While Facebook seems to be in constant hot water for alleged privacy violations, fellow social network LinkedIn has largely managed to steer clear of negative buzz. But after launching an advertising initiative that exploited its users’ information, LinkedIn is backtracking, reports The Wall Street Journal.
In late June, the site began testing “social ads” that displayed users’ profile pictures and shared their public actions, like following companies or making recommendations. LinkedIn announced the ads on its blog and banner ads throughout the site, and also told users how to opt out, since members were automatically included unless they specified otherwise.
It seems most users didn’t notice the new ads at first, but several weeks after their debut, people began complaining about the privacy implications of the ad scheme. On Thursday, the company told users that their photos would no longer be used in the ads. New ads will instead display the number of a user’s connections who either follow or recommended a product or company.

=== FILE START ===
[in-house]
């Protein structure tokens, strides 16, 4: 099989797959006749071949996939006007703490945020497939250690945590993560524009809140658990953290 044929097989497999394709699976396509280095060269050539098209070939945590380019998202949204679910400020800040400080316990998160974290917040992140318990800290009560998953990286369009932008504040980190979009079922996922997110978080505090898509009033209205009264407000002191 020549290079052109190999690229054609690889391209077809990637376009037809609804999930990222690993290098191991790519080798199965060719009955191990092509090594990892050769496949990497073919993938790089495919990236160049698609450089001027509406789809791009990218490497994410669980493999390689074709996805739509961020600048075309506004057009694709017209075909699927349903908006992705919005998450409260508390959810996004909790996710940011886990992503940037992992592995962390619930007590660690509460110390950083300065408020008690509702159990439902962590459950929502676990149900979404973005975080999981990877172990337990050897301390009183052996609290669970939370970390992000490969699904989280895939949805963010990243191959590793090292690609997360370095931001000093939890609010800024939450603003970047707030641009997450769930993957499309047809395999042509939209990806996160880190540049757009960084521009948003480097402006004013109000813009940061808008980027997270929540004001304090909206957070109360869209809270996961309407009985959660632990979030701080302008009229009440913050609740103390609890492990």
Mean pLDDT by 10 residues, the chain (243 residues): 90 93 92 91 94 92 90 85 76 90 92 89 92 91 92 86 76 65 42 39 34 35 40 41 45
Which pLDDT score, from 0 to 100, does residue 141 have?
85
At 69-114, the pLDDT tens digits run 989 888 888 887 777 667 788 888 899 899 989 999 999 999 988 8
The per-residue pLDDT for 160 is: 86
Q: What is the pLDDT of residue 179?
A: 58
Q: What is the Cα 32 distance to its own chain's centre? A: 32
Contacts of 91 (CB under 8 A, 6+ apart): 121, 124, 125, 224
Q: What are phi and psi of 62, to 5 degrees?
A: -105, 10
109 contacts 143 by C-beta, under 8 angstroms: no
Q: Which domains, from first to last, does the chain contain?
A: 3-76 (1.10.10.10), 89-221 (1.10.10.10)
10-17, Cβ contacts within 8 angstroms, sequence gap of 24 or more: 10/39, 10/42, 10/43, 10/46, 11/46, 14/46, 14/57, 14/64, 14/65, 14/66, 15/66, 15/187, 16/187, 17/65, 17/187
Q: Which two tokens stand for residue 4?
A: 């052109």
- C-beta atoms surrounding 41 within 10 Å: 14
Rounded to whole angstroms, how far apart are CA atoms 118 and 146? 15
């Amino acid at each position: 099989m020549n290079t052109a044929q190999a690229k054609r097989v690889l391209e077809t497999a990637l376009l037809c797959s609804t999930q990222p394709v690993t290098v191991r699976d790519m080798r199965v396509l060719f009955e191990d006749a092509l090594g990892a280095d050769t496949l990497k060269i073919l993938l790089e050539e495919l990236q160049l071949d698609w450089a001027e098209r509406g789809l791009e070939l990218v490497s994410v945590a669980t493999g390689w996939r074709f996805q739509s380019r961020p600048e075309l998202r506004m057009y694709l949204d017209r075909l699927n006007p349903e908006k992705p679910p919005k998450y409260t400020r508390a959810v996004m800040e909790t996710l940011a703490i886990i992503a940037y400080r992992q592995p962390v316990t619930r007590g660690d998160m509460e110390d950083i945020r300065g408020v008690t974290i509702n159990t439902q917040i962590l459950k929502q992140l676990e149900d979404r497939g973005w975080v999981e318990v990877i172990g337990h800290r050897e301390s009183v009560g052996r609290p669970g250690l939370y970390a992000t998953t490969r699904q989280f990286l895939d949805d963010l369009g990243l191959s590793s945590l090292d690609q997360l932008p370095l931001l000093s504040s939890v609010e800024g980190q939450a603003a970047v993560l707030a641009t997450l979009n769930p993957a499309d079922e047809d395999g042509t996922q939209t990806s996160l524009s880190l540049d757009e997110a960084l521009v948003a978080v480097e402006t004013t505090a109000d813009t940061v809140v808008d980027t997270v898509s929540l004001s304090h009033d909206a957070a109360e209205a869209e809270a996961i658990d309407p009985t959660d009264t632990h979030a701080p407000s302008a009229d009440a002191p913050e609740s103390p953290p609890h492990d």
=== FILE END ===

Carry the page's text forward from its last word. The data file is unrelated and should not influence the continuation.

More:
LinkedIn’s head of marketing solution products, Ryan Roslansky, defended the company on its official blog, saying that users’ personal information hadn’t been shared with third-party advertisers. “The only information that [was] used in social ads is information that is already publicly available and viewable by anyone in your network,” he explained.
But he also admitted that the company hadn’t handled the problem as well as it might have. “We could have communicated our intentions . . . more clearly,” he wrote.